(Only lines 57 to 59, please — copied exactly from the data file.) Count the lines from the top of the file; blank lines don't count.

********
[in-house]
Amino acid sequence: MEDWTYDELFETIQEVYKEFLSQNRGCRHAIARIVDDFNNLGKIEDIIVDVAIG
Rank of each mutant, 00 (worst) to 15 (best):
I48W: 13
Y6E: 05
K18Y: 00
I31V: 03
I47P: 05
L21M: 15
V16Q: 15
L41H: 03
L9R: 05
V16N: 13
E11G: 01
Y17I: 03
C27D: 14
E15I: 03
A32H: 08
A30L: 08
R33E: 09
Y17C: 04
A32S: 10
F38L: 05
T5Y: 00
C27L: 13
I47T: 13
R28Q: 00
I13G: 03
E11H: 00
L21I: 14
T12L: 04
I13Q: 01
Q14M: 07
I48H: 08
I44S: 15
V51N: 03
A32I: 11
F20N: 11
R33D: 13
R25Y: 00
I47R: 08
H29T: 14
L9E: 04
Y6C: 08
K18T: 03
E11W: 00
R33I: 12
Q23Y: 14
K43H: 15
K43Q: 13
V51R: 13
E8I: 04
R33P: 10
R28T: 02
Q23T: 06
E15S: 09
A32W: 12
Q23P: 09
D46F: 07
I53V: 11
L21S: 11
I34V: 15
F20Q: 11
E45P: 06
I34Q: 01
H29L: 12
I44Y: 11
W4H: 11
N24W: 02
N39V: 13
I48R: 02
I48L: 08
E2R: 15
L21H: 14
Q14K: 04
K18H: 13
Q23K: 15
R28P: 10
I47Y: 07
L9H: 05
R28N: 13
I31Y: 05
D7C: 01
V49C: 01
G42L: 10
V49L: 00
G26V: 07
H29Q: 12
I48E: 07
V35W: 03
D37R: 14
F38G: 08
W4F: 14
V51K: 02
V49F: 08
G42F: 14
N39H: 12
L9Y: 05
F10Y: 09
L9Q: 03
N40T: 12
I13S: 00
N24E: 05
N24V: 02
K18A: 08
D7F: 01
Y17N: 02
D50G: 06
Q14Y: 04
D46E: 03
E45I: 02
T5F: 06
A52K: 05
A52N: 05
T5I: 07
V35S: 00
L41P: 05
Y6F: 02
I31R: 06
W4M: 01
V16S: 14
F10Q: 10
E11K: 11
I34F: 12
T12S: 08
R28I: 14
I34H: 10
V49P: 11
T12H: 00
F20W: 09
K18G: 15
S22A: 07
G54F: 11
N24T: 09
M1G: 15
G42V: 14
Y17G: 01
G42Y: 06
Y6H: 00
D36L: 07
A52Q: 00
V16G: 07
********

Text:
A32W: 12
Q23P: 09
D46F: 07